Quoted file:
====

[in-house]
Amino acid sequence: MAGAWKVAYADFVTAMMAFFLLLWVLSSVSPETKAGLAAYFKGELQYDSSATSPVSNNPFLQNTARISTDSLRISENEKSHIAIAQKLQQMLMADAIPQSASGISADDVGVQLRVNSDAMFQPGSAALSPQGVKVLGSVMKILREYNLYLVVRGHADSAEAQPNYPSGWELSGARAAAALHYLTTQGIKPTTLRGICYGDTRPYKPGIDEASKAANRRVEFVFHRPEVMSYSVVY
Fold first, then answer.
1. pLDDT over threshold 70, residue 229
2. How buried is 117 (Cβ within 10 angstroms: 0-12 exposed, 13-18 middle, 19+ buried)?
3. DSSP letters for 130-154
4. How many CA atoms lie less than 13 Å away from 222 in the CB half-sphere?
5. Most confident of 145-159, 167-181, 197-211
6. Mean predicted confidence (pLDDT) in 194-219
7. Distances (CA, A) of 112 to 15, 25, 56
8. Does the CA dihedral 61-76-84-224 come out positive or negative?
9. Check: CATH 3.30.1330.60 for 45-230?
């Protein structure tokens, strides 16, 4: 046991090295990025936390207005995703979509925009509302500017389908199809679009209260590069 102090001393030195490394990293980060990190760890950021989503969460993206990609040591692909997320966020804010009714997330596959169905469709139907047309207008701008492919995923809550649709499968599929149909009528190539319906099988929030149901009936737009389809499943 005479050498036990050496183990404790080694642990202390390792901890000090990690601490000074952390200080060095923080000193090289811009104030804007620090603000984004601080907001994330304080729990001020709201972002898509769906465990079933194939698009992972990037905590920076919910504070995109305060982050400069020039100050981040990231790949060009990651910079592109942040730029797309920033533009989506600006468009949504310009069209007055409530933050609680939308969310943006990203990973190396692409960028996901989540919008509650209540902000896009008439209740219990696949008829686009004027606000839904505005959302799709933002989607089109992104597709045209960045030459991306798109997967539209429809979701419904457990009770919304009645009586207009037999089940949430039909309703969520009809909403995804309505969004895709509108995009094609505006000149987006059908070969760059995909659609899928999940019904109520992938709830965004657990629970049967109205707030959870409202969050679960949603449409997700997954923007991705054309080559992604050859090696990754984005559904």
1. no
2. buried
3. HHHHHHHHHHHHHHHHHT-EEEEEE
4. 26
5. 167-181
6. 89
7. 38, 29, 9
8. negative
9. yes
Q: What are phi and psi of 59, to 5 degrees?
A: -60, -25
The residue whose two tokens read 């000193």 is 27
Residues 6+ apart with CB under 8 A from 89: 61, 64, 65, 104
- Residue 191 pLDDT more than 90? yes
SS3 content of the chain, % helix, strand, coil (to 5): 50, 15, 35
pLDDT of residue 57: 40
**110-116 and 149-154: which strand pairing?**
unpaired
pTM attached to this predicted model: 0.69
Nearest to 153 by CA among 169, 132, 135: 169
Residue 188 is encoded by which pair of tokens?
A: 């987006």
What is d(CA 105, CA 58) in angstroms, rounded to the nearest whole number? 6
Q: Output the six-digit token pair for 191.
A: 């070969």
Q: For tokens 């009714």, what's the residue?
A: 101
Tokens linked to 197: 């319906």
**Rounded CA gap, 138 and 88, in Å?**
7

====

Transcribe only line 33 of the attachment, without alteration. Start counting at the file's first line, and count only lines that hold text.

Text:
Nearest to 153 by CA among 169, 132, 135: 169